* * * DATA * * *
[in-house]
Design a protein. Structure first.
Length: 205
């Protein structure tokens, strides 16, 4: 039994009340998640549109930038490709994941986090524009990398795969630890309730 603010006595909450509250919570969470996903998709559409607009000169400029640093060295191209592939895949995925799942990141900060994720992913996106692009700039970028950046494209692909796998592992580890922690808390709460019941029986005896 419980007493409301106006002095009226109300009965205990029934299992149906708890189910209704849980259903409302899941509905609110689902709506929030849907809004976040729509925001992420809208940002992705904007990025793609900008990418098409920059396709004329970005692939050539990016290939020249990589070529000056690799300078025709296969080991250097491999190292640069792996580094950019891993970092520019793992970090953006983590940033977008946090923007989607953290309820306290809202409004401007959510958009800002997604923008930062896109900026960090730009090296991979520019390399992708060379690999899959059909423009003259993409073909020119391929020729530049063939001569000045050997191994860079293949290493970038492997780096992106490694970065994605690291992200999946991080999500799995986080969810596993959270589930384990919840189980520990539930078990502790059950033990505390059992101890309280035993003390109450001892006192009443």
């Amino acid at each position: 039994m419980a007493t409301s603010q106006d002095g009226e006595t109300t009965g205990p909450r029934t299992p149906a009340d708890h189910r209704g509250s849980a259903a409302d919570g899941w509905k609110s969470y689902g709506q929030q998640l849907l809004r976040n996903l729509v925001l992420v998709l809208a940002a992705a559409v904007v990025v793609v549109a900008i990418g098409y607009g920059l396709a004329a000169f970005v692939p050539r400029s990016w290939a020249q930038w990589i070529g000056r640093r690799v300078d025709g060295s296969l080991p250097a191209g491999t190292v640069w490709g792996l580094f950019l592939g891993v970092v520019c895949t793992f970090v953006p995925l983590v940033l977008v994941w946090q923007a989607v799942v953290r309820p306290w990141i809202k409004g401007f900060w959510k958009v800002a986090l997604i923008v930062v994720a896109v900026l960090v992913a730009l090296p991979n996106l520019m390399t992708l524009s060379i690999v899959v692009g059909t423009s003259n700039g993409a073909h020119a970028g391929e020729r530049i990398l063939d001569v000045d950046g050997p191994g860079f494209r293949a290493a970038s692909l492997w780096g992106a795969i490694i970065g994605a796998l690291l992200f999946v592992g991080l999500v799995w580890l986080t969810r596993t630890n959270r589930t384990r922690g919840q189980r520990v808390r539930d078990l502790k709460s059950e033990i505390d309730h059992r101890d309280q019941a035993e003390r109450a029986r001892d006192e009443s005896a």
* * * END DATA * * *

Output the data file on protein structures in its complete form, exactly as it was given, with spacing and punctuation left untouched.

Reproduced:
[in-house]
Design a protein. Structure first.
Length: 205
């Protein structure tokens, strides 16, 4: 039994009340998640549109930038490709994941986090524009990398795969630890309730 603010006595909450509250919570969470996903998709559409607009000169400029640093060295191209592939895949995925799942990141900060994720992913996106692009700039970028950046494209692909796998592992580890922690808390709460019941029986005896 419980007493409301106006002095009226109300009965205990029934299992149906708890189910209704849980259903409302899941509905609110689902709506929030849907809004976040729509925001992420809208940002992705904007990025793609900008990418098409920059396709004329970005692939050539990016290939020249990589070529000056690799300078025709296969080991250097491999190292640069792996580094950019891993970092520019793992970090953006983590940033977008946090923007989607953290309820306290809202409004401007959510958009800002997604923008930062896109900026960090730009090296991979520019390399992708060379690999899959059909423009003259993409073909020119391929020729530049063939001569000045050997191994860079293949290493970038492997780096992106490694970065994605690291992200999946991080999500799995986080969810596993959270589930384990919840189980520990539930078990502790059950033990505390059992101890309280035993003390109450001892006192009443």
């Amino acid at each position: 039994m419980a007493t409301s603010q106006d002095g009226e006595t109300t009965g205990p909450r029934t299992p149906a009340d708890h189910r209704g509250s849980a259903a409302d919570g899941w509905k609110s969470y689902g709506q929030q998640l849907l809004r976040n996903l729509v925001l992420v998709l809208a940002a992705a559409v904007v990025v793609v549109a900008i990418g098409y607009g920059l396709a004329a000169f970005v692939p050539r400029s990016w290939a020249q930038w990589i070529g000056r640093r690799v300078d025709g060295s296969l080991p250097a191209g491999t190292v640069w490709g792996l580094f950019l592939g891993v970092v520019c895949t793992f970090v953006p995925l983590v940033l977008v994941w946090q923007a989607v799942v953290r309820p306290w990141i809202k409004g401007f900060w959510k958009v800002a986090l997604i923008v930062v994720a896109v900026l960090v992913a730009l090296p991979n996106l520019m390399t992708l524009s060379i690999v899959v692009g059909t423009s003259n700039g993409a073909h020119a970028g391929e020729r530049i990398l063939d001569v000045d950046g050997p191994g860079f494209r293949a290493a970038s692909l492997w780096g992106a795969i490694i970065g994605a796998l690291l992200f999946v592992g991080l999500v799995w580890l986080t969810r596993t630890n959270r589930t384990r922690g919840q189980r520990v808390r539930d078990l502790k709460s059950e033990i505390d309730h059992r101890d309280q019941a035993e003390r109450a029986r001892d006192e009443s005896a």